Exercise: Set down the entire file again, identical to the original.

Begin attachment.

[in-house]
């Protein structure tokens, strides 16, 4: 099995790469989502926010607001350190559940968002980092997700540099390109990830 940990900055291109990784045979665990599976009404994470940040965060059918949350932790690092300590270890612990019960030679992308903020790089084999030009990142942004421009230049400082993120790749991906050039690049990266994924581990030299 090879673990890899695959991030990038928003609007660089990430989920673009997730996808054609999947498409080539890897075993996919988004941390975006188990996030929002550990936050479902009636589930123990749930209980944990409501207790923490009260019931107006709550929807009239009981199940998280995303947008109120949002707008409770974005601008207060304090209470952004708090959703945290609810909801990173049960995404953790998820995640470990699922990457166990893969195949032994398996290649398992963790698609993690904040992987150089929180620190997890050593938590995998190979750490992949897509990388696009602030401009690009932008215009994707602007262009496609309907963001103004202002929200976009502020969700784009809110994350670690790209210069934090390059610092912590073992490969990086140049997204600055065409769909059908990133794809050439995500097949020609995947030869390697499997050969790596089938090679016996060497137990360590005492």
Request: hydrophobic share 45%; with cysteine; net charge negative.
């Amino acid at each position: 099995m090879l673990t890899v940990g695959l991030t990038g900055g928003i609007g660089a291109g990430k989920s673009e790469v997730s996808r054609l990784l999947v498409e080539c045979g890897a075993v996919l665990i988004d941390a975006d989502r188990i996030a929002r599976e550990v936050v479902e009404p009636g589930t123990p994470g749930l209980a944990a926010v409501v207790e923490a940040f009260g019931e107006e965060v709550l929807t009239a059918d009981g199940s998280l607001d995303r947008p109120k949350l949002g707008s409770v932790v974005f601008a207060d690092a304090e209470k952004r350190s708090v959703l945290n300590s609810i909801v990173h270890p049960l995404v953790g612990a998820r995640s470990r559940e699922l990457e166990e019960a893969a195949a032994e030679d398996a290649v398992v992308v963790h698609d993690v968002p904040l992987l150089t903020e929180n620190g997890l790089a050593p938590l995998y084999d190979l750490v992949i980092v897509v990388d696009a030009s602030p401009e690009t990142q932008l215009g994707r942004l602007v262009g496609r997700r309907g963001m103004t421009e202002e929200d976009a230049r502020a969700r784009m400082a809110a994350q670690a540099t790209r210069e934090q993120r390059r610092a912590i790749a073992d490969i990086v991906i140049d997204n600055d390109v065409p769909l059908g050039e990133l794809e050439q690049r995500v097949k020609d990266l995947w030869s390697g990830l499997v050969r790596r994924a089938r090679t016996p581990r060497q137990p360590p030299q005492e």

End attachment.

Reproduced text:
[in-house]
């Protein structure tokens, strides 16, 4: 099995790469989502926010607001350190559940968002980092997700540099390109990830 940990900055291109990784045979665990599976009404994470940040965060059918949350932790690092300590270890612990019960030679992308903020790089084999030009990142942004421009230049400082993120790749991906050039690049990266994924581990030299 090879673990890899695959991030990038928003609007660089990430989920673009997730996808054609999947498409080539890897075993996919988004941390975006188990996030929002550990936050479902009636589930123990749930209980944990409501207790923490009260019931107006709550929807009239009981199940998280995303947008109120949002707008409770974005601008207060304090209470952004708090959703945290609810909801990173049960995404953790998820995640470990699922990457166990893969195949032994398996290649398992963790698609993690904040992987150089929180620190997890050593938590995998190979750490992949897509990388696009602030401009690009932008215009994707602007262009496609309907963001103004202002929200976009502020969700784009809110994350670690790209210069934090390059610092912590073992490969990086140049997204600055065409769909059908990133794809050439995500097949020609995947030869390697499997050969790596089938090679016996060497137990360590005492």
Request: hydrophobic share 45%; with cysteine; net charge negative.
């Amino acid at each position: 099995m090879l673990t890899v940990g695959l991030t990038g900055g928003i609007g660089a291109g990430k989920s673009e790469v997730s996808r054609l990784l999947v498409e080539c045979g890897a075993v996919l665990i988004d941390a975006d989502r188990i996030a929002r599976e550990v936050v479902e009404p009636g589930t123990p994470g749930l209980a944990a926010v409501v207790e923490a940040f009260g019931e107006e965060v709550l929807t009239a059918d009981g199940s998280l607001d995303r947008p109120k949350l949002g707008s409770v932790v974005f601008a207060d690092a304090e209470k952004r350190s708090v959703l945290n300590s609810i909801v990173h270890p049960l995404v953790g612990a998820r995640s470990r559940e699922l990457e166990e019960a893969a195949a032994e030679d398996a290649v398992v992308v963790h698609d993690v968002p904040l992987l150089t903020e929180n620190g997890l790089a050593p938590l995998y084999d190979l750490v992949i980092v897509v990388d696009a030009s602030p401009e690009t990142q932008l215009g994707r942004l602007v262009g496609r997700r309907g963001m103004t421009e202002e929200d976009a230049r502020a969700r784009m400082a809110a994350q670690a540099t790209r210069e934090q993120r390059r610092a912590i790749a073992d490969i990086v991906i140049d997204n600055d390109v065409p769909l059908g050039e990133l794809e050439q690049r995500v097949k020609d990266l995947w030869s390697g990830l499997v050969r790596r994924a089938r090679t016996p581990r060497q137990p360590p030299q005492e």